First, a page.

rewrite one of the equations before you can substitute. Example B in your book

shows you how to write a system of equations for a mixture problem, and how to

solve a system when both equations are given in standard form. Read this example

and the text that follows carefully. Then, read the example below.

EXAMPLE Jenny is making a dried fruit mix from dried pineapple and dried mango. Dried

pineapple costs $3.95 per pound, and dried mango costs $6.95 per pound. How

much of each fruit should Jenny combine to get 3 pounds of a mixture that costs

$5 per pound?

Solution Let p represent the number of pounds of pineapple and let mrepresent the number

of pounds of mango. This system of equations describes the situation.

Solve one of the equations for one of the variables. For example, you might solve the

first equation for p.

p m 3 First original equation.

p 3 m Subtract mfrom both sides.

Now substitute 3 mfor p in the second original equation.

3.95(3 m) 6.95m 3(5) Substitute 3 mfor p.

11.85 3.95m 6.95m 15 Distribute and multiply.

11.85 3m 15 Combine like terms.

3m 3.15 Subtract 11.85 from both sides.

m 1.05 Divide both sides by 3.

To find the corresponding p-value, substitute 1.05 for minto one of the equations.

p 3 1.05 1.95

So Jenny should buy 1.95 pounds of pineapple and 1.05 pounds of mango.

p m 3

3.95p 6.95m 3(5)

DA2CL_769_05.qxd 10/21/05 10:13 Page 68

2007 Key Curriculum Press Discovering Algebra Condensed Lessons 69

Solving Systems of Equations

Using Elimination

L E S S O N

5.3

CONDENSED

In this lesson you will

represent situations with systems of equations

use the elimination method to solve systems of linear equations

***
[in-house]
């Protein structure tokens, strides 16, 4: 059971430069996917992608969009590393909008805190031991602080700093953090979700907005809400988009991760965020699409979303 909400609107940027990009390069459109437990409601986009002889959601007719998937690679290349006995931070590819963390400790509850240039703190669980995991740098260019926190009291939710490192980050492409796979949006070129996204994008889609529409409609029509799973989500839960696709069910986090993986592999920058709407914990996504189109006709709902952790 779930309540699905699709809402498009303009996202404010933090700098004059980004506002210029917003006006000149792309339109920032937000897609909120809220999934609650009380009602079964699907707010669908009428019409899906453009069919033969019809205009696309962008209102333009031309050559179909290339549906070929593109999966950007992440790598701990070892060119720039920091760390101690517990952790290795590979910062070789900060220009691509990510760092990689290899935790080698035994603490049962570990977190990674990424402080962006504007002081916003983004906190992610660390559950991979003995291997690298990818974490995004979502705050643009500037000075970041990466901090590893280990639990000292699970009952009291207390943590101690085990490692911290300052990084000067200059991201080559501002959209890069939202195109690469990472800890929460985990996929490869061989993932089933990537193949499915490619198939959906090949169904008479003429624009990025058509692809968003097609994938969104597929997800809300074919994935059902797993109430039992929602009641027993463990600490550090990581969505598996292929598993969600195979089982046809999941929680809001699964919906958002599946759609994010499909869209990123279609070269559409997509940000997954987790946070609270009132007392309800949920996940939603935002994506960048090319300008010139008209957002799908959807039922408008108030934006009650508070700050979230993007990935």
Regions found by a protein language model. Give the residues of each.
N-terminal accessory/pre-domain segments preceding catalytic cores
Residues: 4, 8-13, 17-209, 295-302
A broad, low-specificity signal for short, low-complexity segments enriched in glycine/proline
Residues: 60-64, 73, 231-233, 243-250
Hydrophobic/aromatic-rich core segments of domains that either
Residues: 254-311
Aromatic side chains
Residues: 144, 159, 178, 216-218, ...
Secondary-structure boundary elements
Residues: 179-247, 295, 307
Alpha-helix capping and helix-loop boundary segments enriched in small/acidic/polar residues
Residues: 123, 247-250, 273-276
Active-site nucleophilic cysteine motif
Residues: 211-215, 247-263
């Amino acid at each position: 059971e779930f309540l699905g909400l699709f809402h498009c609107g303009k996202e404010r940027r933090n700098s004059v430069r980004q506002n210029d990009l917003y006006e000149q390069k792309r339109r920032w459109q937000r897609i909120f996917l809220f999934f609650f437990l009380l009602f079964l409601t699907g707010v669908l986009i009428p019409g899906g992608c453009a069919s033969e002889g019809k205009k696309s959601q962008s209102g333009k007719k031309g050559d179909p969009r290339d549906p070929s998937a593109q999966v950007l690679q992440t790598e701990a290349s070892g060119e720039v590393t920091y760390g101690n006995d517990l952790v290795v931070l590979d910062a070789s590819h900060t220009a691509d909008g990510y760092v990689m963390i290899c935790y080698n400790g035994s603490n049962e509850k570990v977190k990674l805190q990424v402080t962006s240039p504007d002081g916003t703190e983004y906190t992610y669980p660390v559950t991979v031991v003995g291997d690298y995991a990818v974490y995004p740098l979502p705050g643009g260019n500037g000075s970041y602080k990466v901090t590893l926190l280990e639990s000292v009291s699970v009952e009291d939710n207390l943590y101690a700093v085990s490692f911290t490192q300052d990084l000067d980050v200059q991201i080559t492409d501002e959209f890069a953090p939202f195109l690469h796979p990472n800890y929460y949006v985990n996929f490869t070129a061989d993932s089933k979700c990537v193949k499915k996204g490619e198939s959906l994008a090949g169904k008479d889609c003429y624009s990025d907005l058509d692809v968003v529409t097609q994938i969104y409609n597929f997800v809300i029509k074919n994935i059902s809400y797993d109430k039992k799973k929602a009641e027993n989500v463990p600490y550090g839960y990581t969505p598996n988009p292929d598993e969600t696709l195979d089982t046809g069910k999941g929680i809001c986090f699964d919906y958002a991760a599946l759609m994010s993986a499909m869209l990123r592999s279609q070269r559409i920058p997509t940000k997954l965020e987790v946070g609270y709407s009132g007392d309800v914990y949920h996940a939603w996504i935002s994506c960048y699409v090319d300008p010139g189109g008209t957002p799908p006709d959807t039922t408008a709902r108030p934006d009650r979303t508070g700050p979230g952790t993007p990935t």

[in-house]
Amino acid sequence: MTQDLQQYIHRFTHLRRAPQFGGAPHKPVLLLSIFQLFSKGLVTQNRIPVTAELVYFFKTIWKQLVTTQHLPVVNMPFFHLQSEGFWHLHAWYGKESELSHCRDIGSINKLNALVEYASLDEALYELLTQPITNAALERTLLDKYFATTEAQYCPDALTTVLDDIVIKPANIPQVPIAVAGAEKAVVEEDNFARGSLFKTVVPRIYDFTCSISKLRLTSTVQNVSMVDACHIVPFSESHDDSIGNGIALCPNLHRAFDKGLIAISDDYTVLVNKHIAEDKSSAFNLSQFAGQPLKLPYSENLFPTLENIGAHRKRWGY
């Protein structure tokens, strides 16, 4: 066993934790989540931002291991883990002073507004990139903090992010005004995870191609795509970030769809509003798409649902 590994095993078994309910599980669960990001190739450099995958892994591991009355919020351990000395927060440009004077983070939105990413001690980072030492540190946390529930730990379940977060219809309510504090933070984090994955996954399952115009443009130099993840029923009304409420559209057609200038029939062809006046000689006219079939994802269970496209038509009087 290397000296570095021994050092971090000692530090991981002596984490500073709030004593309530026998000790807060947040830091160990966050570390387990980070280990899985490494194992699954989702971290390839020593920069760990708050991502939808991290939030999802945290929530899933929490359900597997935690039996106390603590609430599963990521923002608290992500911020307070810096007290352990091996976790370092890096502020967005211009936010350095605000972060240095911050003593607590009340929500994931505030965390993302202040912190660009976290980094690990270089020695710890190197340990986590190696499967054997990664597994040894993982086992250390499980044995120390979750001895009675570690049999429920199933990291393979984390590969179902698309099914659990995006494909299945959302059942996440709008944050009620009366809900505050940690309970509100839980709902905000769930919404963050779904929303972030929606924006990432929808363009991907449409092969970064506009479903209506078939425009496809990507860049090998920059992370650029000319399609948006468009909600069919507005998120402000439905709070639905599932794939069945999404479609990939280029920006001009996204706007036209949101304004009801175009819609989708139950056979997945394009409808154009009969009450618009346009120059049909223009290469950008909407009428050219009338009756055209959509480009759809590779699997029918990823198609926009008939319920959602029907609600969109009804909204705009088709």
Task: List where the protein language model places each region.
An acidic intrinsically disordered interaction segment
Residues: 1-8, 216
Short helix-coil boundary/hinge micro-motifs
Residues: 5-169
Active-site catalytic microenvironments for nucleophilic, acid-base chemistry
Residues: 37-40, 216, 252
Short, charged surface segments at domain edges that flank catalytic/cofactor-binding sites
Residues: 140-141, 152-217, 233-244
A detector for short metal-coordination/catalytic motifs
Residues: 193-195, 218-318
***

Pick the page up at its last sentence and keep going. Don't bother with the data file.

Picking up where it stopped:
Read the text at the beginning of Lesson 5.3 in your book. It explains that you can

add two equations to get another true equation. Then, read Example A carefully and

make sure you understand it. In the example, the variable s is eliminated just by

adding the equations. As you will see in the investigation, sometimes using the

elimination method requires a bit more work.

Investigation: Paper Clips and Pennies

Place one paper clip along the long side of a piece of paper. Then, line up enough

pennies to complete the 11-inch length. If you use a jumbo paper clip, you should

find that you need 12 pennies.

Place two paper clips along the short side of the sheet of

paper, and add pennies to complete the 8.5-inch length.

With jumbo paper clips, youll need 6 pennies.

If C is the length of a paper clip and P is the diameter

of a penny, you can write this system of equations to

represent this situation.

two original equations. However, look what happens

when you multiply both sides of the first equation

by 2.

by the same number, the new equation has the same

solutions as the original. You can now eliminate the variable

C by adding the two equations in the new system.

2C 24P 22

2C 6P 8.5

18P 13.5 Add the equations.

P 0.75 Divide by 18.

To find the value of C, substitute 0.75 for P in either equation and solve for C.

C 12(0.75) 11 or 2C 6(0.75) 8.5

2C 24P 22

2C 6P 8.5

C 12P 11

2C 6P 8.5

Long side

Short side

C 12P 11

2C 6P 8.5

(continued)

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70 Discovering Algebra Condensed Lessons 2007 Key Curriculum Press

Lesson 5.3 Solving Systems of Equations Using Elimination (continued)

You should find that C is 2. Be sure to check the solution by substituting 0.75 for

P and 2 for C in both equations.

2 12(0.75) 11 and 2(2) 6(0.75) 8.5

The solution (P, C) (0.75, 2) means that the penny has a diameter of 0.75 inch and

the paper clip has a length of 2 inches.

There are several ways you could have solved the original system of equations. For

example, instead of multiplying the first equation by 2, you could have multiplied

the second equation by 2. Then, the coefficient of P would be 12 in one equation